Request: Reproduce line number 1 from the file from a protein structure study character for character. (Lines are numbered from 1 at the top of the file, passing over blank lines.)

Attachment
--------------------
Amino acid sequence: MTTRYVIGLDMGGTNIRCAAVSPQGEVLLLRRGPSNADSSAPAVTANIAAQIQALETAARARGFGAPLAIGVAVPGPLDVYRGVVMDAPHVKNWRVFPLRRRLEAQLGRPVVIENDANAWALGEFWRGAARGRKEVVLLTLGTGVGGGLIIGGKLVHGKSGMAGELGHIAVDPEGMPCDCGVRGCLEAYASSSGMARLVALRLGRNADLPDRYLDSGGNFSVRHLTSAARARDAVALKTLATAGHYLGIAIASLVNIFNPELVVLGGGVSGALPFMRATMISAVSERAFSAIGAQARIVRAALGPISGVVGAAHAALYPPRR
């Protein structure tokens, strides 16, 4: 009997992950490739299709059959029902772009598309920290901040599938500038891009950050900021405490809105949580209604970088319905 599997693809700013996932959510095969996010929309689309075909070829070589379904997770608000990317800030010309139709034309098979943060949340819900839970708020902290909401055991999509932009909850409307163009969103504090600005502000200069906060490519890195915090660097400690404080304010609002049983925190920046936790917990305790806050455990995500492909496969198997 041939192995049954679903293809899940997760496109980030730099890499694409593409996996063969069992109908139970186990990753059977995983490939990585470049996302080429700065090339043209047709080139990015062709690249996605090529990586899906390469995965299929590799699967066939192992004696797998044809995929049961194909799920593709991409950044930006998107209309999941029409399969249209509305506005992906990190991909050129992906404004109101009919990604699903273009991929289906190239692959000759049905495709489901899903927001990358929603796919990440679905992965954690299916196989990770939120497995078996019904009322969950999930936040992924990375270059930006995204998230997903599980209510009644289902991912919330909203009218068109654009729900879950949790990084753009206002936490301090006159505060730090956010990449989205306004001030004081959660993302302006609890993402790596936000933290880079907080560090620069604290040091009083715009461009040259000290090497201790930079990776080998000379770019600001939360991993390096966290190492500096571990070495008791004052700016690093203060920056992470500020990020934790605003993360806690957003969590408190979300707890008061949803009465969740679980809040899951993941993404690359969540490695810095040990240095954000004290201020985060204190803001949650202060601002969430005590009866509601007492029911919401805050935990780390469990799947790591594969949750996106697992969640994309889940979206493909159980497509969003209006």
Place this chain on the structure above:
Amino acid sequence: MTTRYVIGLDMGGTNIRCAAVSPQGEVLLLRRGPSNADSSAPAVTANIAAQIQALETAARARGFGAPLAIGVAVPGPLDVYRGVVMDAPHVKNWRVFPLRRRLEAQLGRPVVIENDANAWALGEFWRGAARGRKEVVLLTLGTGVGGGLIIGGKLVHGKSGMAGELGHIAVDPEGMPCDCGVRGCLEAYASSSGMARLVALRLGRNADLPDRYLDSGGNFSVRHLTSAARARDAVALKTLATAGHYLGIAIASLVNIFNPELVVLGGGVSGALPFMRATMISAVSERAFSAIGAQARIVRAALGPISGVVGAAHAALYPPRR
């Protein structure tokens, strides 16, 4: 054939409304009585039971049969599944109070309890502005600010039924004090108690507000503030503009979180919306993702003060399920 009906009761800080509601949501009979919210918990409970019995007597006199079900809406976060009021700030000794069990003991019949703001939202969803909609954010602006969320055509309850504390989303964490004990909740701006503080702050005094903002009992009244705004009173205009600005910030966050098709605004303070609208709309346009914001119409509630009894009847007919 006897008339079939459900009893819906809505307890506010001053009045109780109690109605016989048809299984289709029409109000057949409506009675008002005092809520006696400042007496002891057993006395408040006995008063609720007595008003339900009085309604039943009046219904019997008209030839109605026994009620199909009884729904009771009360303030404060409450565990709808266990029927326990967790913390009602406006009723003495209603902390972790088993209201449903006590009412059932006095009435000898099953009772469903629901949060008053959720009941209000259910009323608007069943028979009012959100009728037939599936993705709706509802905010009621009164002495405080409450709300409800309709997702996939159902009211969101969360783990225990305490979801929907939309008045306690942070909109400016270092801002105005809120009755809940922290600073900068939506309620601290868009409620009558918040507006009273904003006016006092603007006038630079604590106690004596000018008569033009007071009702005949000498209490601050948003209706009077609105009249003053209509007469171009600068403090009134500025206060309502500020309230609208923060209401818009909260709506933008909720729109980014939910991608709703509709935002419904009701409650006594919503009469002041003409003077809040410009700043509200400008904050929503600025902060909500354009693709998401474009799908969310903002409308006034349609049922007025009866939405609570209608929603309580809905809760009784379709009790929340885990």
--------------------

Amino acid sequence: MTTRYVIGLDMGGTNIRCAAVSPQGEVLLLRRGPSNADSSAPAVTANIAAQIQALETAARARGFGAPLAIGVAVPGPLDVYRGVVMDAPHVKNWRVFPLRRRLEAQLGRPVVIENDANAWALGEFWRGAARGRKEVVLLTLGTGVGGGLIIGGKLVHGKSGMAGELGHIAVDPEGMPCDCGVRGCLEAYASSSGMARLVALRLGRNADLPDRYLDSGGNFSVRHLTSAARARDAVALKTLATAGHYLGIAIASLVNIFNPELVVLGGGVSGALPFMRATMISAVSERAFSAIGAQARIVRAALGPISGVVGAAHAALYPPRR